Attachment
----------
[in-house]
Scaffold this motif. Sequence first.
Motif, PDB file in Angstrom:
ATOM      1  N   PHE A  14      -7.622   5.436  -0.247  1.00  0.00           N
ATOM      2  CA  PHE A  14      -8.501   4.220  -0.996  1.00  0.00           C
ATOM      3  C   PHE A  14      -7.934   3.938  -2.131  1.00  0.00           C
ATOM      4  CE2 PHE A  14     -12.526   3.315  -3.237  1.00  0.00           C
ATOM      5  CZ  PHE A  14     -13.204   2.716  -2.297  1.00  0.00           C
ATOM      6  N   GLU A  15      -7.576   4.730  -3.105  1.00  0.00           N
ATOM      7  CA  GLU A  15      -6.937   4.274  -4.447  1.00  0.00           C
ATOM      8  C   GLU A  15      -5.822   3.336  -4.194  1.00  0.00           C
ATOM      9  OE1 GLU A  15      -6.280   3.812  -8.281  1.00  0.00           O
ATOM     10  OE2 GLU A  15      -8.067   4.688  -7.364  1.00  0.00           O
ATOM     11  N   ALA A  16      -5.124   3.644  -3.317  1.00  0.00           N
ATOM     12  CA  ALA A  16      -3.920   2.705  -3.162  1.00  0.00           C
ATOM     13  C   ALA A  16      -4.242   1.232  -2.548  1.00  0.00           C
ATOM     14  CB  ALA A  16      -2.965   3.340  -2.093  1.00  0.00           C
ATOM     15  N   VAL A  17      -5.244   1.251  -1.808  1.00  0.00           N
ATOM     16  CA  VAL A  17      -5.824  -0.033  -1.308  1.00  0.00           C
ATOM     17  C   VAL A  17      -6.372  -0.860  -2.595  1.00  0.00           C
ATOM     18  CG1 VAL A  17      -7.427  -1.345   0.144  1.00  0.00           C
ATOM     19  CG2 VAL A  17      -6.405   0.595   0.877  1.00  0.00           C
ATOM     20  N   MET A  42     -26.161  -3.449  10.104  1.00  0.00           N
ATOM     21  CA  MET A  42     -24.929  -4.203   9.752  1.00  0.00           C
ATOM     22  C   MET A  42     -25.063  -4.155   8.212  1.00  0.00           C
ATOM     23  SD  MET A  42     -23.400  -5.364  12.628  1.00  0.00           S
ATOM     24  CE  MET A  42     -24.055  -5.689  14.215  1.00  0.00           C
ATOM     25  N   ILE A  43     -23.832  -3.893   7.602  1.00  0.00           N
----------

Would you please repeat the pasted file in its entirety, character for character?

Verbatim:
[in-house]
Scaffold this motif. Sequence first.
Motif, PDB file in Angstrom:
ATOM      1  N   PHE A  14      -7.622   5.436  -0.247  1.00  0.00           N
ATOM      2  CA  PHE A  14      -8.501   4.220  -0.996  1.00  0.00           C
ATOM      3  C   PHE A  14      -7.934   3.938  -2.131  1.00  0.00           C
ATOM      4  CE2 PHE A  14     -12.526   3.315  -3.237  1.00  0.00           C
ATOM      5  CZ  PHE A  14     -13.204   2.716  -2.297  1.00  0.00           C
ATOM      6  N   GLU A  15      -7.576   4.730  -3.105  1.00  0.00           N
ATOM      7  CA  GLU A  15      -6.937   4.274  -4.447  1.00  0.00           C
ATOM      8  C   GLU A  15      -5.822   3.336  -4.194  1.00  0.00           C
ATOM      9  OE1 GLU A  15      -6.280   3.812  -8.281  1.00  0.00           O
ATOM     10  OE2 GLU A  15      -8.067   4.688  -7.364  1.00  0.00           O
ATOM     11  N   ALA A  16      -5.124   3.644  -3.317  1.00  0.00           N
ATOM     12  CA  ALA A  16      -3.920   2.705  -3.162  1.00  0.00           C
ATOM     13  C   ALA A  16      -4.242   1.232  -2.548  1.00  0.00           C
ATOM     14  CB  ALA A  16      -2.965   3.340  -2.093  1.00  0.00           C
ATOM     15  N   VAL A  17      -5.244   1.251  -1.808  1.00  0.00           N
ATOM     16  CA  VAL A  17      -5.824  -0.033  -1.308  1.00  0.00           C
ATOM     17  C   VAL A  17      -6.372  -0.860  -2.595  1.00  0.00           C
ATOM     18  CG1 VAL A  17      -7.427  -1.345   0.144  1.00  0.00           C
ATOM     19  CG2 VAL A  17      -6.405   0.595   0.877  1.00  0.00           C
ATOM     20  N   MET A  42     -26.161  -3.449  10.104  1.00  0.00           N
ATOM     21  CA  MET A  42     -24.929  -4.203   9.752  1.00  0.00           C
ATOM     22  C   MET A  42     -25.063  -4.155   8.212  1.00  0.00           C
ATOM     23  SD  MET A  42     -23.400  -5.364  12.628  1.00  0.00           S
ATOM     24  CE  MET A  42     -24.055  -5.689  14.215  1.00  0.00           C
ATOM     25  N   ILE A  43     -23.832  -3.893   7.602  1.00  0.00           N